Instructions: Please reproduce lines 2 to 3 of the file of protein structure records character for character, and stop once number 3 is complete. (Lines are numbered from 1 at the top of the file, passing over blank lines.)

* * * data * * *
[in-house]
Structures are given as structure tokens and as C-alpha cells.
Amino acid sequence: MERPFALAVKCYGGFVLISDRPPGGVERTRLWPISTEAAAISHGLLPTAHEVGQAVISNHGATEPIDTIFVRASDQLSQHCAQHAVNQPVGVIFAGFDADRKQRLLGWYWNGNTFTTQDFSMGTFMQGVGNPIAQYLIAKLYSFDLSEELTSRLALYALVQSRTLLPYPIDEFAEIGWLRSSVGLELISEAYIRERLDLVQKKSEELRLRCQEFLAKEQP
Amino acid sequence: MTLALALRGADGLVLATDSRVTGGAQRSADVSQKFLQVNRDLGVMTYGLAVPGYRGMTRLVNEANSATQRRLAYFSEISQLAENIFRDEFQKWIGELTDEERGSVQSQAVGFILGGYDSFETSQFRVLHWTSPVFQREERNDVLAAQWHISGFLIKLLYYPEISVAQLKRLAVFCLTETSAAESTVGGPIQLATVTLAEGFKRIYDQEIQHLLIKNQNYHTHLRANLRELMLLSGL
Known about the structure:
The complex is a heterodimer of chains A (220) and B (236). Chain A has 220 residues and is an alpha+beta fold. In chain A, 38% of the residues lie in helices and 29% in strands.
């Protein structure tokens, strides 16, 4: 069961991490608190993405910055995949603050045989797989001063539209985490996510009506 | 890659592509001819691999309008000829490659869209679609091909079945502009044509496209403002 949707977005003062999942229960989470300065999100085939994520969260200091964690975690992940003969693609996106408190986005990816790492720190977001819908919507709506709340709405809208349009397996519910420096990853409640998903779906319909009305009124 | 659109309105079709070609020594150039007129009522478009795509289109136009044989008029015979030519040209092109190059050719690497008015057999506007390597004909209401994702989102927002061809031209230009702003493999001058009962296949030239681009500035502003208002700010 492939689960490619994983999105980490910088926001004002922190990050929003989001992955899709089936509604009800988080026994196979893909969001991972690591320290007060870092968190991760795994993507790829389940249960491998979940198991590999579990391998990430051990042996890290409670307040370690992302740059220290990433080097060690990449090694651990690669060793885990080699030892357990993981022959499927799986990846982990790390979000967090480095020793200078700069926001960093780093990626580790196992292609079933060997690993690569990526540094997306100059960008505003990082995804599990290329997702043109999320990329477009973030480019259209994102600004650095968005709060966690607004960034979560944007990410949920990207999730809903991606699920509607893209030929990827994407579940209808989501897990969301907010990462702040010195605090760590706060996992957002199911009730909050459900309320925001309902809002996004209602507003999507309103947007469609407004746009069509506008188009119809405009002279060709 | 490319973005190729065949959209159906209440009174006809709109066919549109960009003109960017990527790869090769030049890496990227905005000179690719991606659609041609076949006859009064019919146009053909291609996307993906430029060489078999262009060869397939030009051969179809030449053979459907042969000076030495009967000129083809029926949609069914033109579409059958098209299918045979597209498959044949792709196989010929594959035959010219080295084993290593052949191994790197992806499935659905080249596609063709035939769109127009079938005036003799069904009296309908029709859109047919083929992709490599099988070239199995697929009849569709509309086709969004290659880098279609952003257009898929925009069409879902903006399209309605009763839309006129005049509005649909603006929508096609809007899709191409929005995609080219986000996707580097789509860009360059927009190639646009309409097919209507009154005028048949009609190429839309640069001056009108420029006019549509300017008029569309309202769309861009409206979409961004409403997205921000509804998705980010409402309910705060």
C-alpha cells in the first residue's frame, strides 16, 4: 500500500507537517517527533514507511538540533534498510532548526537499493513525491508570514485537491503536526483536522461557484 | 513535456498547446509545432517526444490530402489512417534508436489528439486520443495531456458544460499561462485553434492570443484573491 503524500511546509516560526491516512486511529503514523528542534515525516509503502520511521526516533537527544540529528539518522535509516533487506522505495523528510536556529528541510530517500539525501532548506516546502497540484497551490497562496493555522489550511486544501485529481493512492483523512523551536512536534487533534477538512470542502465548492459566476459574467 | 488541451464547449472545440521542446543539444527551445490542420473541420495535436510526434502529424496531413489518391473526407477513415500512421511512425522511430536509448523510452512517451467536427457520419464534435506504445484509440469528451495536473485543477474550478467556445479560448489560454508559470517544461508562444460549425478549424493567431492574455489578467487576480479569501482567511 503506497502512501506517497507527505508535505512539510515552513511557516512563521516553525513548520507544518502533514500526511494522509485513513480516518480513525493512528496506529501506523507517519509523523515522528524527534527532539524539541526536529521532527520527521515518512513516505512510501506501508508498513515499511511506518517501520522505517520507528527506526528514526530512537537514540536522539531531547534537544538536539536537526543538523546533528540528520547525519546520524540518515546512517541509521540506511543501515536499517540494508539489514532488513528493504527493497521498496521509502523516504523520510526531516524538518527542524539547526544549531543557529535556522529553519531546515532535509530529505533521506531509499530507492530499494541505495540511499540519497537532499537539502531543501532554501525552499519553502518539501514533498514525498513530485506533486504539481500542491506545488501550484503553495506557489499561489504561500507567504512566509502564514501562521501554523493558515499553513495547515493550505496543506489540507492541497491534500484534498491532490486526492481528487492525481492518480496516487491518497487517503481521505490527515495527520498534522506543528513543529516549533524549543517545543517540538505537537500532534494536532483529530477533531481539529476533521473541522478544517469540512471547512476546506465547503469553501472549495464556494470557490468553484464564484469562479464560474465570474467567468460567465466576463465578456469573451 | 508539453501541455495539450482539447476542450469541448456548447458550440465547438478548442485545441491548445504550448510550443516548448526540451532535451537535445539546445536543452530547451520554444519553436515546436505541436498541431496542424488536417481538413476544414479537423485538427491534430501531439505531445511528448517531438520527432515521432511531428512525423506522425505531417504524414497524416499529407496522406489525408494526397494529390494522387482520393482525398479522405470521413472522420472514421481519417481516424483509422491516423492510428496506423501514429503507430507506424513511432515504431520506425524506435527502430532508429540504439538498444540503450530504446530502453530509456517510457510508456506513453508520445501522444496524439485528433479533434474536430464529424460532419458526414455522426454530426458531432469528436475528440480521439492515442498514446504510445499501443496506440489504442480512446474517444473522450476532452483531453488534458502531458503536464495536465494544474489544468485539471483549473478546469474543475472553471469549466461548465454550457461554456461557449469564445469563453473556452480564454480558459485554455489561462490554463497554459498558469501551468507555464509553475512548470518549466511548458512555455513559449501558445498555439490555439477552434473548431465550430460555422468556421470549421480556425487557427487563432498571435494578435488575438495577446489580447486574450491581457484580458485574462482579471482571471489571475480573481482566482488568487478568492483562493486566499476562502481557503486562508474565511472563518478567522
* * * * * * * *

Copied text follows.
Structures are given as structure tokens and as C-alpha cells.
Amino acid sequence: MERPFALAVKCYGGFVLISDRPPGGVERTRLWPISTEAAAISHGLLPTAHEVGQAVISNHGATEPIDTIFVRASDQLSQHCAQHAVNQPVGVIFAGFDADRKQRLLGWYWNGNTFTTQDFSMGTFMQGVGNPIAQYLIAKLYSFDLSEELTSRLALYALVQSRTLLPYPIDEFAEIGWLRSSVGLELISEAYIRERLDLVQKKSEELRLRCQEFLAKEQP